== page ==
Happily for the Ilokano people, Iluko literature is very much alive to prove the Ilokano’s worth. In fact, Iluko writers remain among the most active regional writers in the Philippines. Despite almost insuperable odds, they have produced the second largest number of published works in the country, the first being those of Tagalogs.

Several reasons may account for the development and enrichment of Iluko literature. Bannawag (Dawn), a magazine in Iluko; the Gunglo dagiti Mannurat nga Ilokano iti Filipinas (GUMIL, Filipinas), a national organization of Iluko writers; and well-off Ilokanos who sponsor contests in the production of Iluko literature have contributed much to enable Iluko literature to survive.
Bannawag, a weekly founded in 1934, paradoxically by a non-Ilokano, and still being published by the Liwayway Publishing, Inc., remains the only periodical where Iluko writers can hope to have most of their works published. But it is a limited outlet, considering that there are roughly 2,000 active Iluko writers today.

To augment this lack of venue for expression, the writers resort to their native tagnawa; each writer helps shoulder the printing cost of their book so that, from time to time, they come up with an anthology of poems or short stories. A few are obliged to finance the publication of their books while a thoughtful Ilokano philanthropist or two may providentially help. It must be noted, however, that most anthologized stories or poems, and even novels published in book form, first appear in the pages of Bannawag. It is the general feeling among Iluko writers that their works published in Bannawag are their best. To be considered a full-fledged Iluko writer, one must have his work published in Bannawag and thereby be assured that his writing has merit.

For the Bannawag to have survived for half a century is in itself a phenomenon, considering the influx of other media, notably radio and television, and considering that Ilokanos are known for being rather parsimonious. Living in an inhospitable place, indeed one of the harshest regions in the country, the Ilokano learns to spend his every centavo in the most gainful and meaningful way. it is for this reason that Bannawag did not nearly come into existence at all. The original owner of Liwayway Publishing, Inc., Don Ramon Roces, at first refused to publish a magazine for the Ilokanos, apprehensive that they would not buy such a magazine (Bragado,1972).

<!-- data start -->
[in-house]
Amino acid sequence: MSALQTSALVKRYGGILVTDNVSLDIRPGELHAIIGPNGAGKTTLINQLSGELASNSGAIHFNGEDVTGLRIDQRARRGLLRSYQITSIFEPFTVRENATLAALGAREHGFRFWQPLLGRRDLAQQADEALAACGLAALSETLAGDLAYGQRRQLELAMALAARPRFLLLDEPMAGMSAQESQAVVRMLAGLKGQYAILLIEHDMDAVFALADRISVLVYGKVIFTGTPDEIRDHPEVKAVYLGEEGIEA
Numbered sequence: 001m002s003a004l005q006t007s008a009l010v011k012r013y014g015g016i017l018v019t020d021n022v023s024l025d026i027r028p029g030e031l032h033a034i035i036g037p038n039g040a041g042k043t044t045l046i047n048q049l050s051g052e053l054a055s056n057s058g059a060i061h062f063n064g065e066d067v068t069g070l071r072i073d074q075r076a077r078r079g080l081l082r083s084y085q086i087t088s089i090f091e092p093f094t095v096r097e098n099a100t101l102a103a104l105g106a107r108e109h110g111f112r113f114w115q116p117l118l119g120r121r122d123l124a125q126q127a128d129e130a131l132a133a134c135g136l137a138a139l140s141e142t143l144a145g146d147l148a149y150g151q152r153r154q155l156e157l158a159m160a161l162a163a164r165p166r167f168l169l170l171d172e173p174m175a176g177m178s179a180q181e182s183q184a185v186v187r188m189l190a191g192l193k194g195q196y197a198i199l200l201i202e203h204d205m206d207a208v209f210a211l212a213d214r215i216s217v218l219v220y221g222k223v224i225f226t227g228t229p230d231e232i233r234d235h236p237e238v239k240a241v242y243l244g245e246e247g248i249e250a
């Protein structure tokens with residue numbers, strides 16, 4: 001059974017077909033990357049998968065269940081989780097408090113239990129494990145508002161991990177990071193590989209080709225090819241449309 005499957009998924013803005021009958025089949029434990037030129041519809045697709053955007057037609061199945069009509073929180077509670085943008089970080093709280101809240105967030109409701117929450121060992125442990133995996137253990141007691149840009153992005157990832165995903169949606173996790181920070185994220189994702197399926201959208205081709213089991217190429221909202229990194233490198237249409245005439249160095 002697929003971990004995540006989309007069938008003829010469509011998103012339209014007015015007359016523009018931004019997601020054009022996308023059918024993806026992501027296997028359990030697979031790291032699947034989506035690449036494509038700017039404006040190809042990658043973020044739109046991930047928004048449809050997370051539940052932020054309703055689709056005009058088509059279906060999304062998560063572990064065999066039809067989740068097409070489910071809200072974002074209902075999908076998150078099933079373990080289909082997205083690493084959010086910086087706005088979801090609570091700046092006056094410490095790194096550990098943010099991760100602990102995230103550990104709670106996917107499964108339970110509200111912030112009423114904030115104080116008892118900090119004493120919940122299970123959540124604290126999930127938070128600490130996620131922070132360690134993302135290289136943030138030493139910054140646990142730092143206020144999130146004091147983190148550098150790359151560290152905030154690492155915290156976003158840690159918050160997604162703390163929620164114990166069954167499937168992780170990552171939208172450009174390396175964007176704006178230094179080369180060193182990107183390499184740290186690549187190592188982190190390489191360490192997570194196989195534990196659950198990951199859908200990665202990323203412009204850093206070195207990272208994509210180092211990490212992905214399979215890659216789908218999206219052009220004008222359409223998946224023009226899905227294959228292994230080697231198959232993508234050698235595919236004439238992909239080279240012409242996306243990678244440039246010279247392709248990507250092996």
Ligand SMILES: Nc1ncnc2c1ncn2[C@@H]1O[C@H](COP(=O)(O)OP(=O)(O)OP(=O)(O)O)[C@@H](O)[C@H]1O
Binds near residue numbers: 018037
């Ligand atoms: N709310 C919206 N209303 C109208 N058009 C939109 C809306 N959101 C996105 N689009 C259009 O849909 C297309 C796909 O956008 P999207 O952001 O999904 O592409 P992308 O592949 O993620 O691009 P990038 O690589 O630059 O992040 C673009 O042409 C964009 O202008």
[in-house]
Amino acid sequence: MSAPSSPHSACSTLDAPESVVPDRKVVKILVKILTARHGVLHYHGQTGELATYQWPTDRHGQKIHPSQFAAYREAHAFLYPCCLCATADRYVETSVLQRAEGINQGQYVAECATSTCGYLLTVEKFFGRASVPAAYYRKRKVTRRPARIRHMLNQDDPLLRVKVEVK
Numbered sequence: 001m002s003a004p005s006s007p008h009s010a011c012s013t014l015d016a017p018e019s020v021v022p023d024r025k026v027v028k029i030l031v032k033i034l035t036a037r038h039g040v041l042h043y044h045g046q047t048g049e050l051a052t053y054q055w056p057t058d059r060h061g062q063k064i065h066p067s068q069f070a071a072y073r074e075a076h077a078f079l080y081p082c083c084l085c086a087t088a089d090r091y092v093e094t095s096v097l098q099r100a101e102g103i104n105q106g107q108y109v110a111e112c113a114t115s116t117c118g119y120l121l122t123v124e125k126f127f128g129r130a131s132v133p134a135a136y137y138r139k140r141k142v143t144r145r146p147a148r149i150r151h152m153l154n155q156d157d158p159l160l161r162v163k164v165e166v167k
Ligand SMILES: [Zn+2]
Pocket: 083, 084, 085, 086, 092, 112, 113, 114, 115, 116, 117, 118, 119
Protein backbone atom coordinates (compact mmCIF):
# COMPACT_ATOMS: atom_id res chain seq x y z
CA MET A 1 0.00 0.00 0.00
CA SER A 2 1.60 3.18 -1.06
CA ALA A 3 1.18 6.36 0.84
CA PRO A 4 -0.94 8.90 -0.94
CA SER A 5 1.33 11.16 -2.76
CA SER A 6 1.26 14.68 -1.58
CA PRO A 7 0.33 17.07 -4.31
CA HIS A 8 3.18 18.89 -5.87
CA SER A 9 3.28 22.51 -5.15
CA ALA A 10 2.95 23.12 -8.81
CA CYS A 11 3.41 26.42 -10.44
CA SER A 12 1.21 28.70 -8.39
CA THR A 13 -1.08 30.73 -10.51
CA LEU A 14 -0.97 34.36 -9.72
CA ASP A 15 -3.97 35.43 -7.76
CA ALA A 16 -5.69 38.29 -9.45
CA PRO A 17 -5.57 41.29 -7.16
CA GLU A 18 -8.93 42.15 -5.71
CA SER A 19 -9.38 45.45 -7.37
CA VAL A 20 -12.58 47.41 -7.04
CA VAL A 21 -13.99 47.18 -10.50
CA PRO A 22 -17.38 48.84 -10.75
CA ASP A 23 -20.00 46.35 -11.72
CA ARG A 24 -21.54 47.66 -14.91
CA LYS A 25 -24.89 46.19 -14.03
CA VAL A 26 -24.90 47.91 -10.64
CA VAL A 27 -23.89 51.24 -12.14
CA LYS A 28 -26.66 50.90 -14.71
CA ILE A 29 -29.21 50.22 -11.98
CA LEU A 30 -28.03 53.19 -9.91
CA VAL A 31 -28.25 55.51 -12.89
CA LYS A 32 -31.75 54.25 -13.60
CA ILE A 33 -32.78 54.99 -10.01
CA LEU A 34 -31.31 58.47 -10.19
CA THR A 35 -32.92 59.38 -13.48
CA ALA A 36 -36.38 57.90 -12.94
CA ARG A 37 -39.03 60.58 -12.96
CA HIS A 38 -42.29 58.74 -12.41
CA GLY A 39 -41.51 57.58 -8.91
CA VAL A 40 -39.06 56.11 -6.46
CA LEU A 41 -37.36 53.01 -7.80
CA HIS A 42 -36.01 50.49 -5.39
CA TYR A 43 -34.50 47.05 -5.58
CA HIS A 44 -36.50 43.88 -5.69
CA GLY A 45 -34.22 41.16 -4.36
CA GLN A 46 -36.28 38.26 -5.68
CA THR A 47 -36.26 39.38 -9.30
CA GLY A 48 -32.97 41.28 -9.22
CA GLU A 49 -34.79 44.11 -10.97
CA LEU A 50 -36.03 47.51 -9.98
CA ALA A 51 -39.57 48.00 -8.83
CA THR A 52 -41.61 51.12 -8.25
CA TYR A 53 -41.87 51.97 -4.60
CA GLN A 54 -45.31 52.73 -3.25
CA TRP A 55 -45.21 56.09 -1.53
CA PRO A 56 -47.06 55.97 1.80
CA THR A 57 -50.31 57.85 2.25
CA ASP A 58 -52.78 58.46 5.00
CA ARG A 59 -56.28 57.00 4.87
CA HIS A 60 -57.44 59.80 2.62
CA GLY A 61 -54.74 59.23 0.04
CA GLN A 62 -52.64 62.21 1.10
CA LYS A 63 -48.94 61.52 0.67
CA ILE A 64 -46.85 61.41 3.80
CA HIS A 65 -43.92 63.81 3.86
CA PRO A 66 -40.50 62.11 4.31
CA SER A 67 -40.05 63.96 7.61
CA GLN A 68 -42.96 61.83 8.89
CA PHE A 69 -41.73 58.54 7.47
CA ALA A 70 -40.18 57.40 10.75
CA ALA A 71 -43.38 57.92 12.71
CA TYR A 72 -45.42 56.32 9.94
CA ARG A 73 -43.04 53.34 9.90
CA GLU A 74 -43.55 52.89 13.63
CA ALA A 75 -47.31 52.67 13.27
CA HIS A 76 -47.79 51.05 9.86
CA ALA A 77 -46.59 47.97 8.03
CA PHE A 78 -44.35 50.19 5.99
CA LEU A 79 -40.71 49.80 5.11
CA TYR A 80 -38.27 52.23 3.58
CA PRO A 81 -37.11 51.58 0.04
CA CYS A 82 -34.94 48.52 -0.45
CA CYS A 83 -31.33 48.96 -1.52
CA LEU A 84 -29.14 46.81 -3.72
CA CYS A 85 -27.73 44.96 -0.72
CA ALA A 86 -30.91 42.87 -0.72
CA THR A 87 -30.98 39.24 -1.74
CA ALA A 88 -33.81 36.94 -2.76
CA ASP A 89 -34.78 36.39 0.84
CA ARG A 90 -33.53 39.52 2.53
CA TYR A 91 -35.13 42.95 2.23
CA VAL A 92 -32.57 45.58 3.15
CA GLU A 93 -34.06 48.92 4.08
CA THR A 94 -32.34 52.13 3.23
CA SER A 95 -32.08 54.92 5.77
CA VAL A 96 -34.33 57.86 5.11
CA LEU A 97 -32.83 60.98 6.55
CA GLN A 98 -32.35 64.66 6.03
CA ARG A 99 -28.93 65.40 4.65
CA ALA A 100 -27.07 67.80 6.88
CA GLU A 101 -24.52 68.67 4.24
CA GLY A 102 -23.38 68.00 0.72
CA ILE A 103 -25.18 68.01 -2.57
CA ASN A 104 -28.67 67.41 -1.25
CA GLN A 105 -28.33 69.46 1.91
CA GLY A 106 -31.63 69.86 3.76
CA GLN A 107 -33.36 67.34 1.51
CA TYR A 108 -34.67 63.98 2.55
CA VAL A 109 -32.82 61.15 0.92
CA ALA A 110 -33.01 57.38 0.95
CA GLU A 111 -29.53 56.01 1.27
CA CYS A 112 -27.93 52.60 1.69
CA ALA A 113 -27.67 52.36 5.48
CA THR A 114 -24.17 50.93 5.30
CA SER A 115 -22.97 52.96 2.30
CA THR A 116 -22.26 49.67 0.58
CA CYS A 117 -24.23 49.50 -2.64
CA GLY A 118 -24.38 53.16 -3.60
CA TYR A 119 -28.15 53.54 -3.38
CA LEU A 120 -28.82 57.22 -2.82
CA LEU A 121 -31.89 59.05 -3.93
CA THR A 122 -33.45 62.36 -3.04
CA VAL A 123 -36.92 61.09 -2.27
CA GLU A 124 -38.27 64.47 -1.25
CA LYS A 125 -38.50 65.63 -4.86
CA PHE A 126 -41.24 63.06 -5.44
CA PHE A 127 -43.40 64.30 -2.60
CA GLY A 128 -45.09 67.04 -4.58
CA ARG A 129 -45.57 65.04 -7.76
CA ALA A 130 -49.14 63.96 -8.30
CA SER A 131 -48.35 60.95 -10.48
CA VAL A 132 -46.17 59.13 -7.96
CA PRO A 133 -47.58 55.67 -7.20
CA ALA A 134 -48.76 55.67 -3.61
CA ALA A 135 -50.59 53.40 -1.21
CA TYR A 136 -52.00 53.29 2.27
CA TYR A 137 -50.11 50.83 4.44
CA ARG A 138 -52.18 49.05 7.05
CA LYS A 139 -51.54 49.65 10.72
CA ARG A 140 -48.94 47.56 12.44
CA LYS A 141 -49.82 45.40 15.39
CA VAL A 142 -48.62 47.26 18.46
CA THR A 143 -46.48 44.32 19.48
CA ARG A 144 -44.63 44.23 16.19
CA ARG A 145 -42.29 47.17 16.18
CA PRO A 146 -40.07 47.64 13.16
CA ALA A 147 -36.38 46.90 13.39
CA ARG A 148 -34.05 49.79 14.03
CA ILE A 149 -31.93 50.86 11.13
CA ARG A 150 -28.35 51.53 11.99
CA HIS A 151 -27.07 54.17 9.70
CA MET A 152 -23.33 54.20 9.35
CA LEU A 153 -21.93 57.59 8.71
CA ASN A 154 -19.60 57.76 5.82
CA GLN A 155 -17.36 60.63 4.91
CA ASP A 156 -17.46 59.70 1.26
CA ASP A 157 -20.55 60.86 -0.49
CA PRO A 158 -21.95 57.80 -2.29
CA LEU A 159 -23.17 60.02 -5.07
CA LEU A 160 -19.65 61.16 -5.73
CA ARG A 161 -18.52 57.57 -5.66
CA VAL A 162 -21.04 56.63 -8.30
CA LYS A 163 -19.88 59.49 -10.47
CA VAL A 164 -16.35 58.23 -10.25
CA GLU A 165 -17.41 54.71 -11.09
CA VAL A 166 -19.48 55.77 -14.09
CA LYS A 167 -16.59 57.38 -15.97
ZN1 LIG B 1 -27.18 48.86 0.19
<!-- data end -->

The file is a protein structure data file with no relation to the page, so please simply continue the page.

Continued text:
But Bannawag is still around, apparently a solvent enterprise to the present owner. It has even outlived other national magazines in the Philippines and has already become an Ilokano institution in itself. Bannawag is synonymous to Iluko literature. Others even consider Bannawag a “barometer” of Iluko literature.
Bannawag has survived because the Iluko writer endeavors to understand his people. He seeks to make them see themselves through his writings.

The Iluko writer is able to do this because he is not totally alienated from his people. He lives with his people. He speaks their own language whether they be in Manila or in Honolulu. He eats saluyot, pinakbet, pinapaitan, and pinulpogan with gusto. He drinks their own sugar cane wine, basi, and tapay, their rice wine, and smacks his lips over these beverages which, one of the earliest Iluko writers metaphorically called asin ti biag -- the salt of life.

To the Iluko writer, his readers are not a cold mass noun. His readers are people very much alive. He knows them intimately as Manong Baro (Big Brother) who was not able to continue his schooling because of the long igaaw (drought) that destroyed their rice crops; as Ama Lakay (Grand Old Man) who mediates the return of eloping lovers to the girl’s parents; or as Ading Balasang (Young Woman) who works as a domestic helper in Hong Kong without compromising her morals; or as Tata Ubing (Young Uncle) who migrated to hawaii after he was “ordered” or brought there by his Hawayana fiancee (an Ilokana who, for convenience, has become an American citizen and is living in Hawaii.)

It is for this reason that the great body of Iluko literature consists of stories of the trials, aspirations or achievements of rice and tobacco farmers, of fishermen and market vendors, of the young in love, of laborers and lowly clerks, of teachers, and of the family.